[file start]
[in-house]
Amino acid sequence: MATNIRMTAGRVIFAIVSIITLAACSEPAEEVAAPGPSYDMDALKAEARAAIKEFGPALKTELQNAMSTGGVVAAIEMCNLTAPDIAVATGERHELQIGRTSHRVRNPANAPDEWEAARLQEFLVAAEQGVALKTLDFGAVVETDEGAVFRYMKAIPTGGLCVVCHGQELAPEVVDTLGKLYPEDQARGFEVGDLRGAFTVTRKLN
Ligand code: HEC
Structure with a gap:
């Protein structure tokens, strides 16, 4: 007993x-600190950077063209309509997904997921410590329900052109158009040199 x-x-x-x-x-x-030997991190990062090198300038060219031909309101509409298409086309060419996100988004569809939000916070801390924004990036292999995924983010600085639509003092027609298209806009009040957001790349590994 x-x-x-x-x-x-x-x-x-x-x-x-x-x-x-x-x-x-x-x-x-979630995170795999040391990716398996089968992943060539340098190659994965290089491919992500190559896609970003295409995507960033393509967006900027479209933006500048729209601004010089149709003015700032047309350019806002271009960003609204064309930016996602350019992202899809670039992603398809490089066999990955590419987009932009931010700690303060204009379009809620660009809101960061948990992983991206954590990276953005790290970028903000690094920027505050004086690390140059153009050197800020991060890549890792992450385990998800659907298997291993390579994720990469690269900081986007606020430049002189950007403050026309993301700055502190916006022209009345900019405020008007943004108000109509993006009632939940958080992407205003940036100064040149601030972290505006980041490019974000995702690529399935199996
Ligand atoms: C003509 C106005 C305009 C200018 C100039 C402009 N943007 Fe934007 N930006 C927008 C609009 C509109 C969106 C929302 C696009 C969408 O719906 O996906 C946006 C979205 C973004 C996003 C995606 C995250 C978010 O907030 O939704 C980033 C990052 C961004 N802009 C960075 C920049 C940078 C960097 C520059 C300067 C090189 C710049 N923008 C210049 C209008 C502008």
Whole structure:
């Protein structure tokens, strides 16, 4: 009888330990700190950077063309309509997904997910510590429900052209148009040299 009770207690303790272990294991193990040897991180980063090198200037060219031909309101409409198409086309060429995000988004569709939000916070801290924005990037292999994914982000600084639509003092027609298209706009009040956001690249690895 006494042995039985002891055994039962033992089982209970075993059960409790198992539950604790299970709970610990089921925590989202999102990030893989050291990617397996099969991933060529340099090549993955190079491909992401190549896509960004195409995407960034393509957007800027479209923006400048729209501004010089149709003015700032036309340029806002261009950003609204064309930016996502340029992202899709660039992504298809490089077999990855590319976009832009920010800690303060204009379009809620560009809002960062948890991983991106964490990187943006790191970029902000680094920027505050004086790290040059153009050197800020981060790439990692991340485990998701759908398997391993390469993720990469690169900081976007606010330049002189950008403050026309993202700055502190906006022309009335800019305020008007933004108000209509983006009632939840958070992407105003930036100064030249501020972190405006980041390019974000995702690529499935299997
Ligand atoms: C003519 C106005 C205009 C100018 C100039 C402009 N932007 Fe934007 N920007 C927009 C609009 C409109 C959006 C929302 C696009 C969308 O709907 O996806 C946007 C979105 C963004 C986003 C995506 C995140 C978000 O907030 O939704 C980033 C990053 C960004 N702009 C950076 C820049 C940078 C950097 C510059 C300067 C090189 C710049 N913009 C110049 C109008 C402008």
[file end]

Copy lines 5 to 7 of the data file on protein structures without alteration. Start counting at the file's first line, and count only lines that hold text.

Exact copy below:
């Protein structure tokens, strides 16, 4: 007993x-600190950077063209309509997904997921410590329900052109158009040199 x-x-x-x-x-x-030997991190990062090198300038060219031909309101509409298409086309060419996100988004569809939000916070801390924004990036292999995924983010600085639509003092027609298209806009009040957001790349590994 x-x-x-x-x-x-x-x-x-x-x-x-x-x-x-x-x-x-x-x-x-979630995170795999040391990716398996089968992943060539340098190659994965290089491919992500190559896609970003295409995507960033393509967006900027479209933006500048729209601004010089149709003015700032047309350019806002271009960003609204064309930016996602350019992202899809670039992603398809490089066999990955590419987009932009931010700690303060204009379009809620660009809101960061948990992983991206954590990276953005790290970028903000690094920027505050004086690390140059153009050197800020991060890549890792992450385990998800659907298997291993390579994720990469690269900081986007606020430049002189950007403050026309993301700055502190916006022209009345900019405020008007943004108000109509993006009632939940958080992407205003940036100064040149601030972290505006980041490019974000995702690529399935199996
Ligand atoms: C003509 C106005 C305009 C200018 C100039 C402009 N943007 Fe934007 N930006 C927008 C609009 C509109 C969106 C929302 C696009 C969408 O719906 O996906 C946006 C979205 C973004 C996003 C995606 C995250 C978010 O907030 O939704 C980033 C990052 C961004 N802009 C960075 C920049 C940078 C960097 C520059 C300067 C090189 C710049 N923008 C210049 C209008 C502008």
Whole structure: